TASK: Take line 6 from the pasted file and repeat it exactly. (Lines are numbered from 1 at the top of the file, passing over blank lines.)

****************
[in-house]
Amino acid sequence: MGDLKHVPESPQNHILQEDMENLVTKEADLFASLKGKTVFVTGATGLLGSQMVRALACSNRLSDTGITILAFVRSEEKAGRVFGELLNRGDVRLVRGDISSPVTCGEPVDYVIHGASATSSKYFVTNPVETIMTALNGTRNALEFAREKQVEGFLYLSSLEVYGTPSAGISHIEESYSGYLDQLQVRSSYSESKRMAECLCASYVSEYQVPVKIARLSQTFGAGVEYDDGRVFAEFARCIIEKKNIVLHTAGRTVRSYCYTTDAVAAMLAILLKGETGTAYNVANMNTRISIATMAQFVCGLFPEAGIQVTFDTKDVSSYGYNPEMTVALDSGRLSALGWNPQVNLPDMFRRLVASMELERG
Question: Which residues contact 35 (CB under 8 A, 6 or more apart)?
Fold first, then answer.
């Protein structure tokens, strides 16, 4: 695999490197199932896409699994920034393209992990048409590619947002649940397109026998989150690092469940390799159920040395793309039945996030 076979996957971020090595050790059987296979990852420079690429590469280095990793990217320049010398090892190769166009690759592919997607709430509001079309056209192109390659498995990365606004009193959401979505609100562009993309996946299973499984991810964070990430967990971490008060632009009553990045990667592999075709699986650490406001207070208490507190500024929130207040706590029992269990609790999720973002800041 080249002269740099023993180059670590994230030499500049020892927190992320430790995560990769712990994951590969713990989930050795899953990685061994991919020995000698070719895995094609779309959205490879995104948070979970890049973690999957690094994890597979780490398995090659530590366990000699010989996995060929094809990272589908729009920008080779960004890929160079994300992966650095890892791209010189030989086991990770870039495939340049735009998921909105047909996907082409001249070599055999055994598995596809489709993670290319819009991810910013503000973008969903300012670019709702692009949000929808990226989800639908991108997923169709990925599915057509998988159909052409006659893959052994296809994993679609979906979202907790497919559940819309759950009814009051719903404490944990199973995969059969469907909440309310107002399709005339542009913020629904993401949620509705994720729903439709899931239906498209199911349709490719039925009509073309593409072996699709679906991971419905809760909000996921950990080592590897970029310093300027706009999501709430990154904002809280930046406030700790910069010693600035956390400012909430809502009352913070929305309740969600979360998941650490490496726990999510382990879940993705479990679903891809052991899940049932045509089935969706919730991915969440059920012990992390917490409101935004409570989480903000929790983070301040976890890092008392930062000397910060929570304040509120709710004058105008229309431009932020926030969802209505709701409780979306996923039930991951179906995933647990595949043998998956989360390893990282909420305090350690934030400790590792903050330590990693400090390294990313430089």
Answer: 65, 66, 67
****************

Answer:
Answer: 65, 66, 67